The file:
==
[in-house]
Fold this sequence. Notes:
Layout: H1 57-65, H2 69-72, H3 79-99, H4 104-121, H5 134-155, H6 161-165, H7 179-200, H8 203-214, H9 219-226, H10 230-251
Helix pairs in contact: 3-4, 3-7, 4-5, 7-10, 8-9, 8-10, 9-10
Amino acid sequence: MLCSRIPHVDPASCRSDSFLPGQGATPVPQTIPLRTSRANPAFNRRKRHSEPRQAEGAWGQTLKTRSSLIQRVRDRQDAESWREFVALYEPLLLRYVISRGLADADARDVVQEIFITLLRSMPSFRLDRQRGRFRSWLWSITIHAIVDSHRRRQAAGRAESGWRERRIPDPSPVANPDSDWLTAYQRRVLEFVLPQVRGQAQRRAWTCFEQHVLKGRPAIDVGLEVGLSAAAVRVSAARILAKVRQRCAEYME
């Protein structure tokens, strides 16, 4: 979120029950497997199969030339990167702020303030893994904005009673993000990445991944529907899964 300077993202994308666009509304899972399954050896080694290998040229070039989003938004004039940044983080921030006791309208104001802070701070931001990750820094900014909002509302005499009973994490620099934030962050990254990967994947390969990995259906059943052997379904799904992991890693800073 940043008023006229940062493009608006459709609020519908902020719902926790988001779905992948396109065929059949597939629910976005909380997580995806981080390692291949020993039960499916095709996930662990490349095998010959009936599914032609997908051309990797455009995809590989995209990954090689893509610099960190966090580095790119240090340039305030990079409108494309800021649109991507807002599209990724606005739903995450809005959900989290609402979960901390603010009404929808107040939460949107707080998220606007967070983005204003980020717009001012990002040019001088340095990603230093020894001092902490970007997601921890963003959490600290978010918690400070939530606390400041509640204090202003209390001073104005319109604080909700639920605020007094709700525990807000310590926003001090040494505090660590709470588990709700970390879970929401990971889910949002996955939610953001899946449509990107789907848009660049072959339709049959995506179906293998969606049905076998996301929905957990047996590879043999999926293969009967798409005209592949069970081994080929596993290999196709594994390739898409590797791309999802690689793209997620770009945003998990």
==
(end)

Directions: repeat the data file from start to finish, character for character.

[in-house]
Fold this sequence. Notes:
Layout: H1 57-65, H2 69-72, H3 79-99, H4 104-121, H5 134-155, H6 161-165, H7 179-200, H8 203-214, H9 219-226, H10 230-251
Helix pairs in contact: 3-4, 3-7, 4-5, 7-10, 8-9, 8-10, 9-10
Amino acid sequence: MLCSRIPHVDPASCRSDSFLPGQGATPVPQTIPLRTSRANPAFNRRKRHSEPRQAEGAWGQTLKTRSSLIQRVRDRQDAESWREFVALYEPLLLRYVISRGLADADARDVVQEIFITLLRSMPSFRLDRQRGRFRSWLWSITIHAIVDSHRRRQAAGRAESGWRERRIPDPSPVANPDSDWLTAYQRRVLEFVLPQVRGQAQRRAWTCFEQHVLKGRPAIDVGLEVGLSAAAVRVSAARILAKVRQRCAEYME
């Protein structure tokens, strides 16, 4: 979120029950497997199969030339990167702020303030893994904005009673993000990445991944529907899964 300077993202994308666009509304899972399954050896080694290998040229070039989003938004004039940044983080921030006791309208104001802070701070931001990750820094900014909002509302005499009973994490620099934030962050990254990967994947390969990995259906059943052997379904799904992991890693800073 940043008023006229940062493009608006459709609020519908902020719902926790988001779905992948396109065929059949597939629910976005909380997580995806981080390692291949020993039960499916095709996930662990490349095998010959009936599914032609997908051309990797455009995809590989995209990954090689893509610099960190966090580095790119240090340039305030990079409108494309800021649109991507807002599209990724606005739903995450809005959900989290609402979960901390603010009404929808107040939460949107707080998220606007967070983005204003980020717009001012990002040019001088340095990603230093020894001092902490970007997601921890963003959490600290978010918690400070939530606390400041509640204090202003209390001073104005319109604080909700639920605020007094709700525990807000310590926003001090040494505090660590709470588990709700970390879970929401990971889910949002996955939610953001899946449509990107789907848009660049072959339709049959995506179906293998969606049905076998996301929905957990047996590879043999999926293969009967798409005209592949069970081994080929596993290999196709594994390739898409590797791309999802690689793209997620770009945003998990």